9 Student factors in TNE Student expectations and perceptions vary considerably across different countries Factors that affect student expectations and perceptions: – Previous educational experience – Culture – Parents, family and other social networks – The state of the domestic higher education system – Contribution in the payment of fees – Size of education institution they attend

10 Student factors in TNE “Student as customer” identity penetrates national borders and appears to affect student expectations and perceptions across different countries However, students appear to be “immature customers” – Highly instrumental in their expectations and perception of the educational process – Focus on the “end product” and less on the “journey”.

11 Current Student Experience in TNE Almost 90% of [TNE] students interviewed by the British Council indicated that student experience is the area where improvement should be considered. “The TNE student is a new type of student and the home institution need to not only understand their expectation in the context of the student body but also to capitalised on them to create a new diverse learning community. Home institutions need go beyond the replica model.” (Shepherd, 2013)

12 Challenges for quality management in TNE How to deal with different student expectations and perceptions? How to respond to the universal trend of the emerging identity of “student as customer”, by achieving an optimal balance between educational and service quality maximization? How to move beyond the replica model but maintain control over risk?

13 A shift of focus from the end to the beginning of the educational process Plan actions to manage student expectations, and perceptions so that are re-aligned to those required to achieve the desired educational and service quality standards Explore and understand student expectations, and perceptions Explore contextual factors that affect and shape student expectations, and perceptions Prospective / Reflective approach Understand the context Understand the student Plan and implement proactive management actions A prospective and reflective model

14 An example Student factors i.e. prior knowledge, abilities, motivation Teaching context Objectives, assessment, climate, ethos, teaching approaches Learning -focused activities i.e. deep vs. surface learning Learning Outcomes Quantitative & Qualitative Student expectations Student Perceptions about “student experience” Service quality During the planning/ pre-launch and delivery Identify student factors Explore contextual factors Explore the education system in the importing country Contextualise delivery/learning context 1.Programme content 2.Tweak assessment 3.Explore language issues Plan actions to re-adjust student expectations/perceptions 1.Pre-induction 2.On-going induction 3.A re-adjustment semester /year Prospective quality management Achieve educational and service quality outcomes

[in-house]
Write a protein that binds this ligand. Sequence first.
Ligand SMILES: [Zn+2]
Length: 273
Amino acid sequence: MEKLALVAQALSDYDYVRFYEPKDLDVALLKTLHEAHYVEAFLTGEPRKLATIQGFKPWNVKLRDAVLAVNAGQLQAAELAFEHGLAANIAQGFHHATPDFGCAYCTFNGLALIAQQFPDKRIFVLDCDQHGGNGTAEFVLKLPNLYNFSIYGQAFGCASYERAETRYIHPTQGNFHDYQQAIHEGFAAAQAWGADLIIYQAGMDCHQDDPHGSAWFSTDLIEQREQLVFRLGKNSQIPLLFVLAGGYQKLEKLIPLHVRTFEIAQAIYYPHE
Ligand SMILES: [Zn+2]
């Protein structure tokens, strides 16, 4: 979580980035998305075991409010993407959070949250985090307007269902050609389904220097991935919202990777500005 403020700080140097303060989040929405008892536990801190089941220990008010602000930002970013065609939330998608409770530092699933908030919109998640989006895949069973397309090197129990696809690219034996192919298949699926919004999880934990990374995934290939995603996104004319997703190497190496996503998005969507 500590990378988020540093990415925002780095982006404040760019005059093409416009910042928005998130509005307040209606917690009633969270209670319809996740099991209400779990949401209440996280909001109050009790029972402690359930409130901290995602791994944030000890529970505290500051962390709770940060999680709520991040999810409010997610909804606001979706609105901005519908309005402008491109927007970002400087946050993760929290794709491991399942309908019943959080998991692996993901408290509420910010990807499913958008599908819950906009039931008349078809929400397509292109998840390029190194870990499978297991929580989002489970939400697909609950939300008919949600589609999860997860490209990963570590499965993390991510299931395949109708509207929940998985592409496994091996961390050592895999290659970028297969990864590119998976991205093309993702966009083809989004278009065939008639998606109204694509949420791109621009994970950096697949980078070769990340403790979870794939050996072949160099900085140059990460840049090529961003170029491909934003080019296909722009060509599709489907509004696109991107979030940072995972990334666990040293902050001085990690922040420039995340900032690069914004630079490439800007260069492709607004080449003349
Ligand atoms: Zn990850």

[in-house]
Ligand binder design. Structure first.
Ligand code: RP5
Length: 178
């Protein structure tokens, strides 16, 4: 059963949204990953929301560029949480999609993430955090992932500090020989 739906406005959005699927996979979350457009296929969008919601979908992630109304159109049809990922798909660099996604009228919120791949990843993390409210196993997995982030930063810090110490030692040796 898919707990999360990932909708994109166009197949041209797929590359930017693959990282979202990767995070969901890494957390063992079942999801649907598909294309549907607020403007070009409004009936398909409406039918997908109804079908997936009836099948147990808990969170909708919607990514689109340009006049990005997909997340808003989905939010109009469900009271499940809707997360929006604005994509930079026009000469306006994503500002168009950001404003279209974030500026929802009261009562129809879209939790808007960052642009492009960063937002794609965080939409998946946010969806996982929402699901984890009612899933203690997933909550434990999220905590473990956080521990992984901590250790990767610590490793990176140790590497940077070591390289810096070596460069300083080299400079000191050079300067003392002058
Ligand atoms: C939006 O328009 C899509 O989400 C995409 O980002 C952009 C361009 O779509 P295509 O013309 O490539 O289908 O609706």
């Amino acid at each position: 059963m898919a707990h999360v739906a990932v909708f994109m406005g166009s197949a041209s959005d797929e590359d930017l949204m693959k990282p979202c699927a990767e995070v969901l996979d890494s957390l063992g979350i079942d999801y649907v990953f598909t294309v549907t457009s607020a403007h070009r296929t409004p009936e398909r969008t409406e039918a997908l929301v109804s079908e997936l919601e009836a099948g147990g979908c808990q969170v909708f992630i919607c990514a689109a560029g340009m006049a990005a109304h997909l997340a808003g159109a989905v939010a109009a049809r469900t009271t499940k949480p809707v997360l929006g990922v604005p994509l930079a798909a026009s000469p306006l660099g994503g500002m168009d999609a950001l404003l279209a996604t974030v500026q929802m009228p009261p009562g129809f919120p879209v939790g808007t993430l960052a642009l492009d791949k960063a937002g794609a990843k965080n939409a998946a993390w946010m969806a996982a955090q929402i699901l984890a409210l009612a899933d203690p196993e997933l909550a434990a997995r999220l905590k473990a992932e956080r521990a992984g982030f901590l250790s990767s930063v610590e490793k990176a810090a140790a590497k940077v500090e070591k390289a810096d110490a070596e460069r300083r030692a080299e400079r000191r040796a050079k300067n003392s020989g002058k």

15 References Biggs, J. (2001). The reflective institution: Assuring and enhancing the quality of teaching and learning. Higher Education. 41 (3). p.pp. 221–238. Biggs, J. & Tang, C. (2011). Teaching for quality learning at university. Open University press. Bodycott, P. & Lai, A. (2012). The Influence and Implications of Chinese Culture in the Decision to Undertake Cross-Border Higher Education. Journal of Studies in International Education. 16 (3). p.pp. 252–270. Chapman, A., Pyvis, D., Chapman, A. & Pyvis, D. (2013). Enhancing quality in transnational higher education: experiences of teaching and learning in Australian offshore programs. Hoare, L. (2012). Transnational Student Voices Reflections on a Second Chance. Journal of Studies in International Education. 16 (3). p.pp. 271–286. Shepherd, E. (2013). Transnational Education: The student experience. In: Going Global 2013. 6 March 2013, Dubai: British Council, Education Intelligence. Smith, K. (2010). Assuring quality in transnational higher education: a matter of collaboration or control? Studies in Higher Education. 35 (7). p.pp. 793–806. Waters, J. & Leung, M. (2013). A Colourful University Life? Transnational Higher Education and the Spatial Dimensions of Institutional Social Capital in Hong Kong. Population, Space and Place. 19 (2). p.pp. 155– 167.